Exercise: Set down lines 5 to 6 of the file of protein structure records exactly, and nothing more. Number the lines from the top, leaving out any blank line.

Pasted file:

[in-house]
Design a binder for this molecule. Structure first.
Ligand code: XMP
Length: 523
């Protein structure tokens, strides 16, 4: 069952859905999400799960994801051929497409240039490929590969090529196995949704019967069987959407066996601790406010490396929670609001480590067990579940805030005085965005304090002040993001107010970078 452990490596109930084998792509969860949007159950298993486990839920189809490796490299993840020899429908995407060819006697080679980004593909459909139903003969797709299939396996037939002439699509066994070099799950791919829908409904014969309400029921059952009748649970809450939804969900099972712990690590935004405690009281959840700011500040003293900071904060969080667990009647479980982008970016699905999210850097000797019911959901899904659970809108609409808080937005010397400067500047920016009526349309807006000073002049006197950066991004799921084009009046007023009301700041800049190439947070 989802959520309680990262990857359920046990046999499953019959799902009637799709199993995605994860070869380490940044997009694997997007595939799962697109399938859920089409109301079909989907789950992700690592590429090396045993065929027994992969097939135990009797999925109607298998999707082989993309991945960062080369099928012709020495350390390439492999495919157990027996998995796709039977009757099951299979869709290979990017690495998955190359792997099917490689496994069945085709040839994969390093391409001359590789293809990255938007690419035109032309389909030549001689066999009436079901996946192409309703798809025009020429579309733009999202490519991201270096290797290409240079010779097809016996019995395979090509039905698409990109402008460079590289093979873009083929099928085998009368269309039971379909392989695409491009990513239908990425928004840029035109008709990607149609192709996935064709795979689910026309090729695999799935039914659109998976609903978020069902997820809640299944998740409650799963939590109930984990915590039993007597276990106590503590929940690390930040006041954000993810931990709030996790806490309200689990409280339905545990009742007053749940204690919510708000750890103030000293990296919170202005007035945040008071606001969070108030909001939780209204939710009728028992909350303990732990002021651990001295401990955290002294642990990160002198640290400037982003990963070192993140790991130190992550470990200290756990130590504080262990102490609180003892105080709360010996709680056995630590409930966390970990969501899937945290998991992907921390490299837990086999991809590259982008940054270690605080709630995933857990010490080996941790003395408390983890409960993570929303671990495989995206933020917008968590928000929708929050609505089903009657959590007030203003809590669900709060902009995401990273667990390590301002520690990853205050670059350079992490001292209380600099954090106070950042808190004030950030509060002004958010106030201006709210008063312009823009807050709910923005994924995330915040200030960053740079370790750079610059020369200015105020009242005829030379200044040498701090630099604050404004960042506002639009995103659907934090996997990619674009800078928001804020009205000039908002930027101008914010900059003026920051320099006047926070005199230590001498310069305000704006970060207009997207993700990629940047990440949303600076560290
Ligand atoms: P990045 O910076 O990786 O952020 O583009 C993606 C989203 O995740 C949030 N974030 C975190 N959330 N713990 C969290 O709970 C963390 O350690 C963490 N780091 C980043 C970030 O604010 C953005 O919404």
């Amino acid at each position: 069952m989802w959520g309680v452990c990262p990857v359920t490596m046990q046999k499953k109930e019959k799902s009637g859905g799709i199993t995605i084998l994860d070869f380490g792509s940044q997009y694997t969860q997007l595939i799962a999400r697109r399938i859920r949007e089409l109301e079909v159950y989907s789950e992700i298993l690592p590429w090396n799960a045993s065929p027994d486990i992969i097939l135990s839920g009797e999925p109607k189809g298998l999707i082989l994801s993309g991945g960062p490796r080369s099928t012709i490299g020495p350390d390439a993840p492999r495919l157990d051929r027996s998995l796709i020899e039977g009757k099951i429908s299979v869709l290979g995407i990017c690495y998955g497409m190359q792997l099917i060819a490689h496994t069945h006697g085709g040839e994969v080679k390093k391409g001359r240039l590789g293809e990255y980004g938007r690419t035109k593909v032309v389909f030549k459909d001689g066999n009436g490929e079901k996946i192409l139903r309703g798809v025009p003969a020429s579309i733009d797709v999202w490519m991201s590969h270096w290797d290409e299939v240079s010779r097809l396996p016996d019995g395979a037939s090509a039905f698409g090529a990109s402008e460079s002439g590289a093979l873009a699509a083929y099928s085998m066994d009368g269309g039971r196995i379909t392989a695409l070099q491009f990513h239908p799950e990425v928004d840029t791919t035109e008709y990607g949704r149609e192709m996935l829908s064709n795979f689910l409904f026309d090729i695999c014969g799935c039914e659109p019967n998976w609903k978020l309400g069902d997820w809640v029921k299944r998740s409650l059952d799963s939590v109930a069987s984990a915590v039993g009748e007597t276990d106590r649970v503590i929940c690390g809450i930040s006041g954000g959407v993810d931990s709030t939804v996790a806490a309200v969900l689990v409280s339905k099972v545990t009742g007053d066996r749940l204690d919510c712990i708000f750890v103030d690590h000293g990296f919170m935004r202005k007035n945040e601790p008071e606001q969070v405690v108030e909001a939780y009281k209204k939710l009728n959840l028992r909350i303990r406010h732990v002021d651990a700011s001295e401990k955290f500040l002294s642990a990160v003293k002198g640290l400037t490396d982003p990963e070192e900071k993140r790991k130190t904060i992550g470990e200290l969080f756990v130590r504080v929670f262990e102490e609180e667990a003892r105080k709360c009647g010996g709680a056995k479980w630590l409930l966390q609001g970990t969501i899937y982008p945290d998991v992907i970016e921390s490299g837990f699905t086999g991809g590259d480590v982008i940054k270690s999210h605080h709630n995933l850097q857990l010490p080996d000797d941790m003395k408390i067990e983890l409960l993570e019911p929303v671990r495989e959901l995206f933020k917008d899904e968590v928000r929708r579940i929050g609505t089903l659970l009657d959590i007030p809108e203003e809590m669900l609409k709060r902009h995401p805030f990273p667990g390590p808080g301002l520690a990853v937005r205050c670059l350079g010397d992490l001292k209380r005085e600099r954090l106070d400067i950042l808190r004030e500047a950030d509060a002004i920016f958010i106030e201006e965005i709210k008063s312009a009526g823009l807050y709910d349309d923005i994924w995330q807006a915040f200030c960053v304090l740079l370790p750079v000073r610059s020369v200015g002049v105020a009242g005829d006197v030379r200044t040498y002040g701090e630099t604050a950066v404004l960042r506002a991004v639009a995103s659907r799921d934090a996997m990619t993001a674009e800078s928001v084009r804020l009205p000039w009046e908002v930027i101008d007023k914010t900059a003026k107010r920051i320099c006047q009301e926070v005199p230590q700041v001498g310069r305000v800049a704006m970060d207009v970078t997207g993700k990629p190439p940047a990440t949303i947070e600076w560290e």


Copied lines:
């Protein structure tokens, strides 16, 4: 069952859905999400799960994801051929497409240039490929590969090529196995949704019967069987959407066996601790406010490396929670609001480590067990579940805030005085965005304090002040993001107010970078 452990490596109930084998792509969860949007159950298993486990839920189809490796490299993840020899429908995407060819006697080679980004593909459909139903003969797709299939396996037939002439699509066994070099799950791919829908409904014969309400029921059952009748649970809450939804969900099972712990690590935004405690009281959840700011500040003293900071904060969080667990009647479980982008970016699905999210850097000797019911959901899904659970809108609409808080937005010397400067500047920016009526349309807006000073002049006197950066991004799921084009009046007023009301700041800049190439947070 989802959520309680990262990857359920046990046999499953019959799902009637799709199993995605994860070869380490940044997009694997997007595939799962697109399938859920089409109301079909989907789950992700690592590429090396045993065929027994992969097939135990009797999925109607298998999707082989993309991945960062080369099928012709020495350390390439492999495919157990027996998995796709039977009757099951299979869709290979990017690495998955190359792997099917490689496994069945085709040839994969390093391409001359590789293809990255938007690419035109032309389909030549001689066999009436079901996946192409309703798809025009020429579309733009999202490519991201270096290797290409240079010779097809016996019995395979090509039905698409990109402008460079590289093979873009083929099928085998009368269309039971379909392989695409491009990513239908990425928004840029035109008709990607149609192709996935064709795979689910026309090729695999799935039914659109998976609903978020069902997820809640299944998740409650799963939590109930984990915590039993007597276990106590503590929940690390930040006041954000993810931990709030996790806490309200689990409280339905545990009742007053749940204690919510708000750890103030000293990296919170202005007035945040008071606001969070108030909001939780209204939710009728028992909350303990732990002021651990001295401990955290002294642990990160002198640290400037982003990963070192993140790991130190992550470990200290756990130590504080262990102490609180003892105080709360010996709680056995630590409930966390970990969501899937945290998991992907921390490299837990086999991809590259982008940054270690605080709630995933857990010490080996941790003395408390983890409960993570929303671990495989995206933020917008968590928000929708929050609505089903009657959590007030203003809590669900709060902009995401990273667990390590301002520690990853205050670059350079992490001292209380600099954090106070950042808190004030950030509060002004958010106030201006709210008063312009823009807050709910923005994924995330915040200030960053740079370790750079610059020369200015105020009242005829030379200044040498701090630099604050404004960042506002639009995103659907934090996997990619674009800078928001804020009205000039908002930027101008914010900059003026920051320099006047926070005199230590001498310069305000704006970060207009997207993700990629940047990440949303600076560290
Ligand atoms: P990045 O910076 O990786 O952020 O583009 C993606 C989203 O995740 C949030 N974030 C975190 N959330 N713990 C969290 O709970 C963390 O350690 C963490 N780091 C980043 C970030 O604010 C953005 O919404």